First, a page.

Population Pyramids – growth rate column. Which countries have the highest growth rates? Determine what stage of the demographic transition these countries are in, and hypothesize what may lead them to the next stage.

Charts that show the percentages of each age group in the total population, divided by gender.

For wealthier countries, the chart is shaped like a lopsided vase. Population is aging, TFRs are declining.

Aging Populations growth rate column. Which countries have the highest growth rates? Determine what stage of the demographic transition these countries are in, and hypothesize what may lead them to the next stage.

• To replace the population, TFR must be 2.1.

- TFR in Bologna, Italy is 0.8

- Why are women having fewer children?

• What are the impacts of an aging population on a country?

• What are the “solutions” to an aging population?

In the United States, the national infant mortality rate (IMR) is 7.0. That number represents an average for the country. Think about the differences in IMR in the United States across regions, ethnicities, social classes, and other sectors.

Key Question: (IMR) is 7.0. That number represents an average for the country. Think about the differences in IMR in the United States across regions, ethnicities, social classes, and other sectors.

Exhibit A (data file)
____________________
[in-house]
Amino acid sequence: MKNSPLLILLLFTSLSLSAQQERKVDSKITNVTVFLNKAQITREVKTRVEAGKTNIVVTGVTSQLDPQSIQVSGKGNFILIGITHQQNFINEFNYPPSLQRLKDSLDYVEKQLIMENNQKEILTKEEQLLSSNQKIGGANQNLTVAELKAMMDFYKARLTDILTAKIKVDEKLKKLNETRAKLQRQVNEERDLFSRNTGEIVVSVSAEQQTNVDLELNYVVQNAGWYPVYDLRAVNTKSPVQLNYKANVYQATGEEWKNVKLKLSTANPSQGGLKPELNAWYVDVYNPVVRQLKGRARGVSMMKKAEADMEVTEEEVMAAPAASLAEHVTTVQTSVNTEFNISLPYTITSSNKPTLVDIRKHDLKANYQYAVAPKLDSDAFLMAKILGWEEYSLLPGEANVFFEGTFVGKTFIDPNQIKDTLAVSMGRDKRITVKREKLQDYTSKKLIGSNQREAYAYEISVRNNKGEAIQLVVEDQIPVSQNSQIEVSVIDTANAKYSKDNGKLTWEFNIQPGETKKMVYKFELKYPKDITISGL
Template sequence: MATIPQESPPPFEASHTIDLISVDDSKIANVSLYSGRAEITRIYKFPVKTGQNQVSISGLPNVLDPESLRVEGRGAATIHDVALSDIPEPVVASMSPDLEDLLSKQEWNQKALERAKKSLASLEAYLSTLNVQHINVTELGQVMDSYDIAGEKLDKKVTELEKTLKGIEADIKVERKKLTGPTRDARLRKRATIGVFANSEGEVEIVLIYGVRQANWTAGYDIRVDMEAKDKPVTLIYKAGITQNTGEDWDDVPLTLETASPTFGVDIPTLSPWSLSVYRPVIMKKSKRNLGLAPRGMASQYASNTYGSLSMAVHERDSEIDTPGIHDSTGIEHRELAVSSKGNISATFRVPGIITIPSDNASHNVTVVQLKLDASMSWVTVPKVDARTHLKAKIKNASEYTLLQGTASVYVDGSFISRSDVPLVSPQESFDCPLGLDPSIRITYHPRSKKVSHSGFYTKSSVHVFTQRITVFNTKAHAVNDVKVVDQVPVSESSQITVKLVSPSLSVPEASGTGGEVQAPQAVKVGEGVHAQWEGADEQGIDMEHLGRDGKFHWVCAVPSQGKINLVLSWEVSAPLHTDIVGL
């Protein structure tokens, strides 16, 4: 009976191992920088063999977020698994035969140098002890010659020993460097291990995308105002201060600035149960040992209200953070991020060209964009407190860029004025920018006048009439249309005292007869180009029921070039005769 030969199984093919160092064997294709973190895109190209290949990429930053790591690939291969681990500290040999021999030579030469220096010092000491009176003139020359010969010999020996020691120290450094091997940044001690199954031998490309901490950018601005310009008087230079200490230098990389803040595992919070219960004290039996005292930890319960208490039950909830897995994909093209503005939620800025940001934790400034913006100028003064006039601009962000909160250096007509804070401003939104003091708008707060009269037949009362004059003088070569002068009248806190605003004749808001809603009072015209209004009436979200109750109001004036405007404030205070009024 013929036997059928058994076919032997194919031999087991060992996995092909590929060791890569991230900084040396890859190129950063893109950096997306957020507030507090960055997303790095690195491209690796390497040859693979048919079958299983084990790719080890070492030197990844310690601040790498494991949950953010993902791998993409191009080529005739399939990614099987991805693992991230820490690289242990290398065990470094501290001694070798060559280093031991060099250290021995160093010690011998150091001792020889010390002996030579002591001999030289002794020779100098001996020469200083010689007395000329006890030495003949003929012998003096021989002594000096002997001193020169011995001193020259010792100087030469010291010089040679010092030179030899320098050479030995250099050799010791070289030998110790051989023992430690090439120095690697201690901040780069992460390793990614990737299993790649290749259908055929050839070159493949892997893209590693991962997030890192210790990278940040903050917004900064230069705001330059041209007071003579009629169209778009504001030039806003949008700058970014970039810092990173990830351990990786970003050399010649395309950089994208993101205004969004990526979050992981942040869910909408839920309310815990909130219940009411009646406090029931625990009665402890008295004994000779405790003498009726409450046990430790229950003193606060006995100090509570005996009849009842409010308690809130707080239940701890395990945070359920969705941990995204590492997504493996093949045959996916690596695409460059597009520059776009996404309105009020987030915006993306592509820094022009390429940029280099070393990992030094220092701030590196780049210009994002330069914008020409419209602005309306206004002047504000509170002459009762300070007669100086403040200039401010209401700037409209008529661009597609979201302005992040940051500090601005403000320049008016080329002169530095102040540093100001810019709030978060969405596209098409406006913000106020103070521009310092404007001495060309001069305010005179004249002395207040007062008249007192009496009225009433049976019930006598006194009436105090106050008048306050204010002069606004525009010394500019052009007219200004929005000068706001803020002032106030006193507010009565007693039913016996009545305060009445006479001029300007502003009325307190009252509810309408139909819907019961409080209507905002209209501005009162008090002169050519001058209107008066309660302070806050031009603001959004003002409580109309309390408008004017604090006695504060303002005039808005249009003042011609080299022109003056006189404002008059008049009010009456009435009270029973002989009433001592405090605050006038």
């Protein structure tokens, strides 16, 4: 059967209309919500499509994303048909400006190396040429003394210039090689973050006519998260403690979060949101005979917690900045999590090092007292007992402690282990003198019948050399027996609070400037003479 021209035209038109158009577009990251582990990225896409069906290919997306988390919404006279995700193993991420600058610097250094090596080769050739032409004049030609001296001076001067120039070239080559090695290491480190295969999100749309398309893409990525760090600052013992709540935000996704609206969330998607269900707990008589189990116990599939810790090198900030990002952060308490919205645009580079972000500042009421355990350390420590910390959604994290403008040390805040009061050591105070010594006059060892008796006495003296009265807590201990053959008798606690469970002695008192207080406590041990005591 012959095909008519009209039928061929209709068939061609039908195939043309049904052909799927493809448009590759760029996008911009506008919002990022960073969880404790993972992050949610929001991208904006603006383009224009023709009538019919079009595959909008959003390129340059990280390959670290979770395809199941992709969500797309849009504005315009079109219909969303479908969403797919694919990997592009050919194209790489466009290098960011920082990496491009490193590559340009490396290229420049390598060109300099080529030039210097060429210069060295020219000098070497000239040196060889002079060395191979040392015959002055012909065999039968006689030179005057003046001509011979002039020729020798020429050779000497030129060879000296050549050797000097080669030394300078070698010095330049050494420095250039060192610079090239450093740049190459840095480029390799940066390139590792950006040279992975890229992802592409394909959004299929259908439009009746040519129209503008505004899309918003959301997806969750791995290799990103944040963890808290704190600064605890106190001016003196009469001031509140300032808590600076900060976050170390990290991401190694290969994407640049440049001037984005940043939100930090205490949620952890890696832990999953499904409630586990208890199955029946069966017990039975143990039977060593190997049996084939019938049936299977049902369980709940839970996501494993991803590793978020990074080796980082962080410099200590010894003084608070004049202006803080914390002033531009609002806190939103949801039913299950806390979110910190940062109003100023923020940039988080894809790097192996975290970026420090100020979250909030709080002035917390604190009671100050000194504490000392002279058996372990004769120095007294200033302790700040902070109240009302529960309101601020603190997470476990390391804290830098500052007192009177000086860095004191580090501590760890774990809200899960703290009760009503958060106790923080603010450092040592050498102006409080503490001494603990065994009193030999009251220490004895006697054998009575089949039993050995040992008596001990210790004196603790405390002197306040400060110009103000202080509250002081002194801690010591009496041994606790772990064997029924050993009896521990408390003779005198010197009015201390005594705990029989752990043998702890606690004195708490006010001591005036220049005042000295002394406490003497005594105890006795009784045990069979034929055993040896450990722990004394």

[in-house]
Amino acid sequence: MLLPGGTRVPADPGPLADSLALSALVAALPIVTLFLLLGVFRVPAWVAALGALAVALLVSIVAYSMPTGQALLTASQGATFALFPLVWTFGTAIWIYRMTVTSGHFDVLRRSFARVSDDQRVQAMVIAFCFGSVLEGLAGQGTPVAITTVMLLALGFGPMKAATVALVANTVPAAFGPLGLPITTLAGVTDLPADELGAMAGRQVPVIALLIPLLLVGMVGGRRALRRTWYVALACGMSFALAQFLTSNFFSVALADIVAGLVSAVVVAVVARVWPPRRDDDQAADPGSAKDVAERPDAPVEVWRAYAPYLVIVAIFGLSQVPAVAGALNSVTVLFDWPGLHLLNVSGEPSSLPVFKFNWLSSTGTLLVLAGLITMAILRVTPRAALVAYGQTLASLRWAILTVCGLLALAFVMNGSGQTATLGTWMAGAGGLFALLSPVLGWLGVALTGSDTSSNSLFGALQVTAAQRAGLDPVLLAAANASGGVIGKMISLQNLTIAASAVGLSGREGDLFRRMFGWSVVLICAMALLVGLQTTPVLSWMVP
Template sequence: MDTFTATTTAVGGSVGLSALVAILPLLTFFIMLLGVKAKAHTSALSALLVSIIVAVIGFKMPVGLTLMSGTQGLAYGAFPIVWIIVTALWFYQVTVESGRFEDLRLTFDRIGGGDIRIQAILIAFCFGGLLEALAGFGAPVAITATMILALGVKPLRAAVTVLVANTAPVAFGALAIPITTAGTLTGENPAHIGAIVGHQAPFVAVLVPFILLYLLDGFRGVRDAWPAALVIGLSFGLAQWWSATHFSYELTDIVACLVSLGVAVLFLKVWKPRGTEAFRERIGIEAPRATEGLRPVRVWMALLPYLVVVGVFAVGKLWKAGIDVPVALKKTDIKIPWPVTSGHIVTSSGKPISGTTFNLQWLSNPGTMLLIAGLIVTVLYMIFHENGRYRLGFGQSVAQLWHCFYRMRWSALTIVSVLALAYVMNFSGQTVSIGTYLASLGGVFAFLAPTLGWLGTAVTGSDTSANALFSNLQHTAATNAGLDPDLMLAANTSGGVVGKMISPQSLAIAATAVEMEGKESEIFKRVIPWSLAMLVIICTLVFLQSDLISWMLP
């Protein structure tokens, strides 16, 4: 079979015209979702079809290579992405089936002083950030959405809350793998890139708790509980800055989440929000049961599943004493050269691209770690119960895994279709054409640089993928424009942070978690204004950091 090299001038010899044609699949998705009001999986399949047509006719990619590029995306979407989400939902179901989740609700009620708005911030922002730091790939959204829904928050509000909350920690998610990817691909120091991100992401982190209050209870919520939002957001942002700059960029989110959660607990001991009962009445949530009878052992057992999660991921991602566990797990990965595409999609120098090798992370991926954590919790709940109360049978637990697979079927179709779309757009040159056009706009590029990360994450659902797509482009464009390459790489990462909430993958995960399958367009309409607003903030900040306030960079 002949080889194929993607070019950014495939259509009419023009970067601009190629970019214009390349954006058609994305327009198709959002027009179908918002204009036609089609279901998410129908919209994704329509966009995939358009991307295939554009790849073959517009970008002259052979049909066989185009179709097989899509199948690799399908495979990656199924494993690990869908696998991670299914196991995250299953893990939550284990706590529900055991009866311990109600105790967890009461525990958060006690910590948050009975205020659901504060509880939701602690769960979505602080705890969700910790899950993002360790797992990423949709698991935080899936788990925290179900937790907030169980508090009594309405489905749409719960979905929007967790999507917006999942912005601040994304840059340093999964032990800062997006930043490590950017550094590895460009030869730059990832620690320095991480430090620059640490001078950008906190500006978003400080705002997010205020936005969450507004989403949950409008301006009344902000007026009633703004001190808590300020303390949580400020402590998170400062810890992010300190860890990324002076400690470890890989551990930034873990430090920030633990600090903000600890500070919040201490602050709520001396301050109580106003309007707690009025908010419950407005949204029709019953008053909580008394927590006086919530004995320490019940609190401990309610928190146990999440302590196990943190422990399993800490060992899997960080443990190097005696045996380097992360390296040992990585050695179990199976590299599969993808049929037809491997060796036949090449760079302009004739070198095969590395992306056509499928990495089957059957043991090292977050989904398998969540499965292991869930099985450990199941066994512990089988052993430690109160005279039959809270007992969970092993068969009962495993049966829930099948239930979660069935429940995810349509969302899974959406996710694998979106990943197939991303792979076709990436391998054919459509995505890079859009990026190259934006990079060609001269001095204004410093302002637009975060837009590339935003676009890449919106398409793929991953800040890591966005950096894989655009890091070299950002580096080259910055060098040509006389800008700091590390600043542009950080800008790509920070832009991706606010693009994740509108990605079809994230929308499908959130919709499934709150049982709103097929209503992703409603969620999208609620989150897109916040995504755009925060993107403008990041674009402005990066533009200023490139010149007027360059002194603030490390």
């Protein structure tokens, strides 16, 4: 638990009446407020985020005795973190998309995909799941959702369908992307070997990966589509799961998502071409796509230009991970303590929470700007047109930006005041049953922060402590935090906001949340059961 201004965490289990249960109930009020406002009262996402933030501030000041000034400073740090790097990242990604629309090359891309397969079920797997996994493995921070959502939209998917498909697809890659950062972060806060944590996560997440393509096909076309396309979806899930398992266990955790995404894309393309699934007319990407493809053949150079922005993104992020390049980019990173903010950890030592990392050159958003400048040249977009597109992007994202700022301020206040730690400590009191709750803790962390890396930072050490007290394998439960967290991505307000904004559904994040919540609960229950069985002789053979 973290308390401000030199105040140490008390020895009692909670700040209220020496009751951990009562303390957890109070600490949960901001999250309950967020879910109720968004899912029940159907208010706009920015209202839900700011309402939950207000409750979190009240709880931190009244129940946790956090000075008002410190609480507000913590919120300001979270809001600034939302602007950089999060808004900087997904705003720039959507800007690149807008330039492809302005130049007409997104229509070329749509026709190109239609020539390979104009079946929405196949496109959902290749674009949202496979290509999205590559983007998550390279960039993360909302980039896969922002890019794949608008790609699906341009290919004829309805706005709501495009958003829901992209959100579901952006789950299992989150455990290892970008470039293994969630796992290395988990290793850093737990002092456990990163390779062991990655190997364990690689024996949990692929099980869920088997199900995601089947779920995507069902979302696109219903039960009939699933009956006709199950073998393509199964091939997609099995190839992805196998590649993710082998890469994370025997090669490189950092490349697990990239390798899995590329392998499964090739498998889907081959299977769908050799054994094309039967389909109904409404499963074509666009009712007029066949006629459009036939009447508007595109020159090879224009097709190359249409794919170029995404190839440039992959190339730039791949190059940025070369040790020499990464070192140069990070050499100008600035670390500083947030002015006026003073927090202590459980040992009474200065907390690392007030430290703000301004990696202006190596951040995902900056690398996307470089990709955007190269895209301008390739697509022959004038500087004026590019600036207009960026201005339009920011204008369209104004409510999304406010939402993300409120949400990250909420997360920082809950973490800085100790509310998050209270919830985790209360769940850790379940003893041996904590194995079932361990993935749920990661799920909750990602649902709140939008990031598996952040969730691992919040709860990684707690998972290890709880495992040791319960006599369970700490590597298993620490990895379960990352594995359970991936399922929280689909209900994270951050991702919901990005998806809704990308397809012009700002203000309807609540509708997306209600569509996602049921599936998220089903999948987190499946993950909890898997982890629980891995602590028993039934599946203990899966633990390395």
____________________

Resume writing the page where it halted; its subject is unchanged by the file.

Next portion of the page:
### How do Governments Affect Population Change?

Government Population Policies (IMR) is 7.0. That number represents an average for the country. Think about the differences in IMR in the United States across regions, ethnicities, social classes, and other sectors.

• Expansive Population Policies

- Encourages population growth.

• Eugenic Population Policies

- Favors one racial or cultural sector over others.

• Restrictive Population Policies

- range from toleration of unapproved birth control to outright prohibition of large families.

China’s One Child Policy (IMR) is 7.0. That number represents an average for the country. Think about the differences in IMR in the United States across regions, ethnicities, social classes, and other sectors.

What are some of the limitations, unintended consequences, and contradictions found in government policies toward population growth?